Death Valley calls
It gets so hot during the legendary Badwater ultra marathon that athletes' shoes melt - they're advised to run on the white line of the road.
Amy Campbell grew up in Kerikeri and is one of just 100 international runners invited to take part in the extreme endurance event.
She is the second New Zealand woman to have been selected in the history of the event.
Badwater, held in July of each year, is recognised globally as "the world's toughest foot race", pitting the toughest athletes - runners, triathletes, adventure racers, and mountaineers - against one another and the elements.
The 217km route runs non-stop from Death Valley to Mt Whitney in California, with temperatures up to 55 degrees Celsius. There's a 48-hour time limit.
Known as the "most demanding and extreme running race offered anywhere on the planet" this year's race is scheduled for July 15 to 17 - and Amy can't wait.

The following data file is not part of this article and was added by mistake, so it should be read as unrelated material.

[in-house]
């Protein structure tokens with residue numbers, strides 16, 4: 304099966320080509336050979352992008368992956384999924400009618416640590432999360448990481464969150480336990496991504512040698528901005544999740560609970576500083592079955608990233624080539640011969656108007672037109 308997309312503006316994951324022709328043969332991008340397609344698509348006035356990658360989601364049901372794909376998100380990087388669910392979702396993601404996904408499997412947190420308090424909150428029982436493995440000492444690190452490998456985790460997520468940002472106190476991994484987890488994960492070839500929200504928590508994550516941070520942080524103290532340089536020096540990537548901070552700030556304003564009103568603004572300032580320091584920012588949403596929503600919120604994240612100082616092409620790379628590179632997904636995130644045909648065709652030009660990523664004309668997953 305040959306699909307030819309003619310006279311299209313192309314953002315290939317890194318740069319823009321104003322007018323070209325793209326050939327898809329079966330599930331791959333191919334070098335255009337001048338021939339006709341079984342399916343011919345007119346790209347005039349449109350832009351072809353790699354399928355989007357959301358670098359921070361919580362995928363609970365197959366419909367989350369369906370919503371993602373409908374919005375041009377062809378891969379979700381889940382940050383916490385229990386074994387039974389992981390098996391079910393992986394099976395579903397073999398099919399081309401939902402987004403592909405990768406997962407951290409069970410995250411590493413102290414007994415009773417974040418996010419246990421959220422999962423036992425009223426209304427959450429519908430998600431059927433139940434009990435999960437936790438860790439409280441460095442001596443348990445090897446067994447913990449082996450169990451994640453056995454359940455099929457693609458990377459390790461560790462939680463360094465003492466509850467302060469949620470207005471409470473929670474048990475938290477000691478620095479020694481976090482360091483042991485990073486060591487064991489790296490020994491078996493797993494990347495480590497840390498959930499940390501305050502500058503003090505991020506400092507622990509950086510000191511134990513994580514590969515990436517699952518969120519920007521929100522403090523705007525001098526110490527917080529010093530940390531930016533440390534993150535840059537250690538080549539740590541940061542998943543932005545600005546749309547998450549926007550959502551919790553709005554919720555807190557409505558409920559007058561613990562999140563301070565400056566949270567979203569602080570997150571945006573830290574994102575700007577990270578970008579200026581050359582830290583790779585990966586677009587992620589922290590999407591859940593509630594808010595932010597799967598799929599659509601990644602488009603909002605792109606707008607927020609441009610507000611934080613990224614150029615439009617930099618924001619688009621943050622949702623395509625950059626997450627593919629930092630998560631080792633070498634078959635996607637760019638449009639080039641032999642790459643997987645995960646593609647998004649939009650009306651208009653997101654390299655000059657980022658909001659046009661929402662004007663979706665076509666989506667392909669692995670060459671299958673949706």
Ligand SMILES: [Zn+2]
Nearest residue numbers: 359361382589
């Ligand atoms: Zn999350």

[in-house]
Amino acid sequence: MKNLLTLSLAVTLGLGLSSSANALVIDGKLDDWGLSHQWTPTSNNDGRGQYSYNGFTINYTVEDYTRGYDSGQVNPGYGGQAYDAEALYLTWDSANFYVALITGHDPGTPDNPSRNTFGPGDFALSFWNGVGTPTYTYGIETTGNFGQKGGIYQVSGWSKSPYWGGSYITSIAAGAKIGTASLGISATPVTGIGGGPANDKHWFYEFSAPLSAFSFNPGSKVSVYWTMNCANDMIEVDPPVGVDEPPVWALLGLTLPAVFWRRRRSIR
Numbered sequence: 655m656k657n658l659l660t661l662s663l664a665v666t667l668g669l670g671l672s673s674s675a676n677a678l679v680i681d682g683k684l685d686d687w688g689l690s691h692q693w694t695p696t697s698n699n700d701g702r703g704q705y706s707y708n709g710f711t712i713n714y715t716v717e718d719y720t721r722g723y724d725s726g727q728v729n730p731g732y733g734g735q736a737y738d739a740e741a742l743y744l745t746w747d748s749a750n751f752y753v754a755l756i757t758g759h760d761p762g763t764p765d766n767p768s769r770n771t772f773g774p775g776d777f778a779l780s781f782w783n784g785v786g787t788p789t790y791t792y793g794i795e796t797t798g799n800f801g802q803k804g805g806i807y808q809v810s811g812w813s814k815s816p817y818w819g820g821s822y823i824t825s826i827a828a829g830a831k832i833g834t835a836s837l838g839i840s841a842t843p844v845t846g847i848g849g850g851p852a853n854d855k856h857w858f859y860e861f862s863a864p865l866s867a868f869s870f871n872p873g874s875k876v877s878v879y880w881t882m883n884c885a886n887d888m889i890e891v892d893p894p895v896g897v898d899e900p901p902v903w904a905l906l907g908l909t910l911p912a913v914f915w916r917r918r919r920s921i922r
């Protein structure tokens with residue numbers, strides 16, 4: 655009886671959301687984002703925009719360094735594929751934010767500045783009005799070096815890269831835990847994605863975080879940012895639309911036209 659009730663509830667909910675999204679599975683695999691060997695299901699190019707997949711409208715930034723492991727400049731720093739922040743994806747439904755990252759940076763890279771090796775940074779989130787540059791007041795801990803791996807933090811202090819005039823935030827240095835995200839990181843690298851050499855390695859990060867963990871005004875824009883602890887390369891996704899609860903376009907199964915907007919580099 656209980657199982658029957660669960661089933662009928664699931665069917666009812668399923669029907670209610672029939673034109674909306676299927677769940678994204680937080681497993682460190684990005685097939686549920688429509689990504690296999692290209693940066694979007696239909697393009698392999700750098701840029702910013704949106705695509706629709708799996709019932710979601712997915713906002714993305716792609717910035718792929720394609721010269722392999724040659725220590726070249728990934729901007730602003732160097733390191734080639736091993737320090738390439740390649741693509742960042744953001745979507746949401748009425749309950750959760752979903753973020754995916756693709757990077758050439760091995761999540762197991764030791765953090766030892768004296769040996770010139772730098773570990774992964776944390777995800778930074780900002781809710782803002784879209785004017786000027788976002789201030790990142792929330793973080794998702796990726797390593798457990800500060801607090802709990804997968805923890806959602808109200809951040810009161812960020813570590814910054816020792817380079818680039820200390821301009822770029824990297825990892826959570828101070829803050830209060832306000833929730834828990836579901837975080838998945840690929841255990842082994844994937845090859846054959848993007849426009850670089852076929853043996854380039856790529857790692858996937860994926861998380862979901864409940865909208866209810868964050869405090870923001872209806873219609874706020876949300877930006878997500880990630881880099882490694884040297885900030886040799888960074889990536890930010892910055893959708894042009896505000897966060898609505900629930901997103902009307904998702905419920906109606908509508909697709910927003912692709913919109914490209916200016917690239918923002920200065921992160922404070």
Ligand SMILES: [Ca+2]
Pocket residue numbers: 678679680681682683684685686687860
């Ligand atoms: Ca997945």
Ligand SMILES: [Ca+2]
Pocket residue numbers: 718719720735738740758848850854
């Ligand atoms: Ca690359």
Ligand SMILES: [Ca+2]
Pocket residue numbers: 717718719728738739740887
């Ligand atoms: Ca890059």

The former Kerikeri High School student says she has dreamed of running Badwater for many years.
"To submit an application into this event you are required to have run at least three 100 mile races, so over the past few years I have dedicated many hours to training and completing events with the hope of one day doing this race."
Amy has run four 100 mile races, one of them in the Glasshouse Mountains north of Brisbane where she placed second.
She also represented New Zealand last year at the World 24 Hour championships in Poland.
"We had to run around a 1.5km loop circuit starting at noon on a Saturday and finishing at noon on Sunday. Great fun. I managed to clock up 187km, placing first female on the NZ team."
Two weeks ago during a short event in Taupo, Amy was running from one end of the lake to the other, a distance of 67km when her support crew checked her phone.
"I had an email reading ‘Congratulations, you have been selected to run in the Badwater Ultra Marathon'. I went on to win the female race in a course record, I was that excited."
And so her journey begins.
Amy is now based in Auckland and has less than 20 weeks to prepare mentally and physically.
"Lisa Tamati is the only other woman from New Zealand to have completed this race so it is a huge honour to be invited to the start line," she says.
"We are required to take our own support crew so I am dragging my family along to help, encourage and watch me battle my way through the desert," she says.